To Your Health: Why Covid Is Short-Lived On Porous Surfaces!

Part-time Telluride local, Dr. Alan Safdi, is a world-renowned internist and gastroenterologist with encyclopedic knowledge of mind-body wellness and preventative medicine. He posts regularly on Telluride Inside… and Out under the banner of “To Your Health.” Dr. Alan’s blogs feature the most current information in his fields: health, wellness and longevity.

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This week, Dr. Alan curated a story about a recent study explaining why Covid is short-lived on porous surfaces.

For Dr. Alan’s regular posts and podcasts, go here.

Respiratory droplets evaporate faster on porous surfaces than on impermeable surfaces, a contributing factor behind why SARS-CoV-2 does not live long on surfaces like cloth and paper, according to a study published in Physics of Fluids.

“Based on our study, we recommend that furniture in hospitals and offices, made of impermeable material, such as glass, stainless steel, or laminated wood, be covered with porous material, such as cloth, to reduce the risk of infection upon touch,” Sanghamitro Chatterjee, PhD, a postdoctoral researcher at the Indian Institute of Technology, said in a press release.

In the study, Chatterjee and colleagues placed 1 µl droplets of pure water on a variety of porous and impermeable surfaces — which were chosen by the researchers to allow them to feasibly compare virus titer measurements from previous studies — and recorded them using high-resolution cameras. Optical microscopy was also used to evaluate porous surfaces.

The researchers defined virus survival time as the length of time the virus titer decayed to an undetectable level in previous studies. They compared the timings from previous studies with their findings.

Chatterjee and colleagues determined that droplets remain in liquid form for less time on porous surfaces compared with impermeable surfaces.

On both types of surfaces, 99.9% of liquid from droplets evaporated within a few minutes. However, a microscopic thin residual liquid film, in which the virus could survive, is left on solid parts of both impermeable and porous surfaces.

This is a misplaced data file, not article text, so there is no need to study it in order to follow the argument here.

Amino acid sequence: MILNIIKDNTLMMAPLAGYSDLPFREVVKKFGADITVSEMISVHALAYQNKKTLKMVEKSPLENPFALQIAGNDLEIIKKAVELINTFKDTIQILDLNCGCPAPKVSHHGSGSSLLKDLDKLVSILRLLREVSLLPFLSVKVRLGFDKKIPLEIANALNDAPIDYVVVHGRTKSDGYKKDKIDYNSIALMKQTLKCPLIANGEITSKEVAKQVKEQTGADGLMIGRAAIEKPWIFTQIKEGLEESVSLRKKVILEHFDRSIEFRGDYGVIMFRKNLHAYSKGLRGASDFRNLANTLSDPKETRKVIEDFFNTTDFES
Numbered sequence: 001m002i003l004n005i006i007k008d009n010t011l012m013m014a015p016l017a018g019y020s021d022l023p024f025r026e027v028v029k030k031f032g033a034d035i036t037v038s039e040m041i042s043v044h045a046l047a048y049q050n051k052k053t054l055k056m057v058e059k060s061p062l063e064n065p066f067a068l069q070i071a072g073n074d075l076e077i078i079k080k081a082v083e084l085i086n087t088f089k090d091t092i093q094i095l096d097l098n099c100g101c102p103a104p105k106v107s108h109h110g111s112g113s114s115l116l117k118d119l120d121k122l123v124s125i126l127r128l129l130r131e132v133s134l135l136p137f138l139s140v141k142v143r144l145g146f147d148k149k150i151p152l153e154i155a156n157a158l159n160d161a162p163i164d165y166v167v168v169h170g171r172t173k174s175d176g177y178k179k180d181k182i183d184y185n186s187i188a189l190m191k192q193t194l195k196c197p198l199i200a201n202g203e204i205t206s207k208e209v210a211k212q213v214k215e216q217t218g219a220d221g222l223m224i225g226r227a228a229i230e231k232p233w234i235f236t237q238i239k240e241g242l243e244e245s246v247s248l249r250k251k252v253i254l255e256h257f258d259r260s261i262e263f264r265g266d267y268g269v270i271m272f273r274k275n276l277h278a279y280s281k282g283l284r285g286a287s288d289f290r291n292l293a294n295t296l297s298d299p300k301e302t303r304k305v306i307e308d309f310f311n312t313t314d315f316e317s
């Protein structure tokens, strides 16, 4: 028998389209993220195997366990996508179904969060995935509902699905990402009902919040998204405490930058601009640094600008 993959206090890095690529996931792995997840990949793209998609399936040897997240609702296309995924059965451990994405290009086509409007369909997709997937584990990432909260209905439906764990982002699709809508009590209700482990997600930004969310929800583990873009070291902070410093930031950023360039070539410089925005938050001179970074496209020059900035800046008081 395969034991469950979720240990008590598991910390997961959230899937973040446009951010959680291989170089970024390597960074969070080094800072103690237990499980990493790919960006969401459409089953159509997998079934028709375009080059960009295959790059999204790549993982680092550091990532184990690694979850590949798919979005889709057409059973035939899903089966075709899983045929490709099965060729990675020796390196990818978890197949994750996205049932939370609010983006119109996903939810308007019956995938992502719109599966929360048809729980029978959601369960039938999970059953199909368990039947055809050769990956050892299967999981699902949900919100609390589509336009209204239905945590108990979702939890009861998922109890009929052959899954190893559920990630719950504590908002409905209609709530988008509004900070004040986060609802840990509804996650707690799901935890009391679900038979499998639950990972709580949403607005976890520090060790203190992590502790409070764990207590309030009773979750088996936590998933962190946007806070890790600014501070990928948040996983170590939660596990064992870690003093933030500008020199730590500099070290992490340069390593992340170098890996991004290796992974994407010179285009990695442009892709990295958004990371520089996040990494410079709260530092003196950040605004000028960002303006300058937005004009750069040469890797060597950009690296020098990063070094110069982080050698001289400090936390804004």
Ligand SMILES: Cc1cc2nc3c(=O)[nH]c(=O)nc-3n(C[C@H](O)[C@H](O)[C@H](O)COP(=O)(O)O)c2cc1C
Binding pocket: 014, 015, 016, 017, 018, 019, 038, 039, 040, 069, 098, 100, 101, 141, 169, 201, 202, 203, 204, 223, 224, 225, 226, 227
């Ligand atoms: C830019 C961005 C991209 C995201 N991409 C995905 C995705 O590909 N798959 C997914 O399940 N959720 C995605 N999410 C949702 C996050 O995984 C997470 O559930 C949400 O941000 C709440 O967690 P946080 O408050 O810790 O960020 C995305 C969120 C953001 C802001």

Chatterjee and colleagues found that this film evaporated much faster on porous surfaces due to the fibers of these surfaces and the void spaces in porous materials. Based on previous titer measurements, the researchers determined that the virus survival times were 4 days for glass, 7 days for plastic and 7 days for stainless steel. They noted that this ratio of virus survival time agreed qualitatively with their experiment on droplet evaporation.

For porous surfaces, they determined that the virus survival time was 3 hours on paper and 2 days on cloth, based on previous virus titer measurements. In their experiment, they found that the thin film lifetime was approximately 60 hours on cloth, which the researchers noted reasonably agreed with the previously observed virus survival time. On paper, they determined that the thin film lifetime was approximately 5 hours, which they noted was also reasonably consistent with the previously observed virus survival time.

“The fact that just the geometric features rather than the chemical details of the porous material make the thin-film lifetime significantly less was surprising,” Rajneesh Bhardwaj, PhD, an associate professor of mechanical engineering, IIT Bombay, said in the press release.

Chatterjee S, et al. Phys Fluids. 2021;doi:10.1063/5.0037924.

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Dr. Alan Safdi is board-certified in Internal Medicine and in Gastroenterology and is a Fellow of the American College of Gastroenterology. A proven leader in the healthcare arena, he has been featured on the national program, “Medical Crossfire” and authored or co-authored numerous medical articles and abstracts. Safdi has been involved in grant-based and clinical research for four decades and is passionate about disease prevention and wellness, not just fixing what has gone wrong. He is an international lecturer on the subjects of wellness, nutrition and gastroenterology.

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